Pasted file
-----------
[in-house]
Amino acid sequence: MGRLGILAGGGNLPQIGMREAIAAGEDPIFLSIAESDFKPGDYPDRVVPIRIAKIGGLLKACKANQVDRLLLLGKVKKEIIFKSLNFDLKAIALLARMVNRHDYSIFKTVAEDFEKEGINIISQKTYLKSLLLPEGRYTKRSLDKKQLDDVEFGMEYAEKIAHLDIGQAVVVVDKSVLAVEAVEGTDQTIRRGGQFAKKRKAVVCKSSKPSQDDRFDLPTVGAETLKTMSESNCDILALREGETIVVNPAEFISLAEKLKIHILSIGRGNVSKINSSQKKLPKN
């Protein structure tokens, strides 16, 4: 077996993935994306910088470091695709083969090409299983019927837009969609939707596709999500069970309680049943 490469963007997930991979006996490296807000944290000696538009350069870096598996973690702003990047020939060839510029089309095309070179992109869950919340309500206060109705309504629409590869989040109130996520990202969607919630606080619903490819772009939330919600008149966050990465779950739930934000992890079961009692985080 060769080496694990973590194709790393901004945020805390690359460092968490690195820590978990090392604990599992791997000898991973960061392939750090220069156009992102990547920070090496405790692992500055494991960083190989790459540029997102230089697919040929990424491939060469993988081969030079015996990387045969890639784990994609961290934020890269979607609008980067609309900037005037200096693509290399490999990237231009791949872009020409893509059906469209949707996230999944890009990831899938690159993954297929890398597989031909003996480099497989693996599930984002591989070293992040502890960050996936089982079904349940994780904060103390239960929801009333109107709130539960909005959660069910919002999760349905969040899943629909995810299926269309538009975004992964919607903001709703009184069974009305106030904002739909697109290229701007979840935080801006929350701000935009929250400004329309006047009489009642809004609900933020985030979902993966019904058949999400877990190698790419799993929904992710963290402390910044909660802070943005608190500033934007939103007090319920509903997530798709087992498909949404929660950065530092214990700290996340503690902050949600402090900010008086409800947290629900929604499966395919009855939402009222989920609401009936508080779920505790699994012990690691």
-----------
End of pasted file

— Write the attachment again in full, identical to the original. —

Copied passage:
[in-house]
Amino acid sequence: MGRLGILAGGGNLPQIGMREAIAAGEDPIFLSIAESDFKPGDYPDRVVPIRIAKIGGLLKACKANQVDRLLLLGKVKKEIIFKSLNFDLKAIALLARMVNRHDYSIFKTVAEDFEKEGINIISQKTYLKSLLLPEGRYTKRSLDKKQLDDVEFGMEYAEKIAHLDIGQAVVVVDKSVLAVEAVEGTDQTIRRGGQFAKKRKAVVCKSSKPSQDDRFDLPTVGAETLKTMSESNCDILALREGETIVVNPAEFISLAEKLKIHILSIGRGNVSKINSSQKKLPKN
């Protein structure tokens, strides 16, 4: 077996993935994306910088470091695709083969090409299983019927837009969609939707596709999500069970309680049943 490469963007997930991979006996490296807000944290000696538009350069870096598996973690702003990047020939060839510029089309095309070179992109869950919340309500206060109705309504629409590869989040109130996520990202969607919630606080619903490819772009939330919600008149966050990465779950739930934000992890079961009692985080 060769080496694990973590194709790393901004945020805390690359460092968490690195820590978990090392604990599992791997000898991973960061392939750090220069156009992102990547920070090496405790692992500055494991960083190989790459540029997102230089697919040929990424491939060469993988081969030079015996990387045969890639784990994609961290934020890269979607609008980067609309900037005037200096693509290399490999990237231009791949872009020409893509059906469209949707996230999944890009990831899938690159993954297929890398597989031909003996480099497989693996599930984002591989070293992040502890960050996936089982079904349940994780904060103390239960929801009333109107709130539960909005959660069910919002999760349905969040899943629909995810299926269309538009975004992964919607903001709703009184069974009305106030904002739909697109290229701007979840935080801006929350701000935009929250400004329309006047009489009642809004609900933020985030979902993966019904058949999400877990190698790419799993929904992710963290402390910044909660802070943005608190500033934007939103007090319920509903997530798709087992498909949404929660950065530092214990700290996340503690902050949600402090900010008086409800947290629900929604499966395919009855939402009222989920609401009936508080779920505790699994012990690691």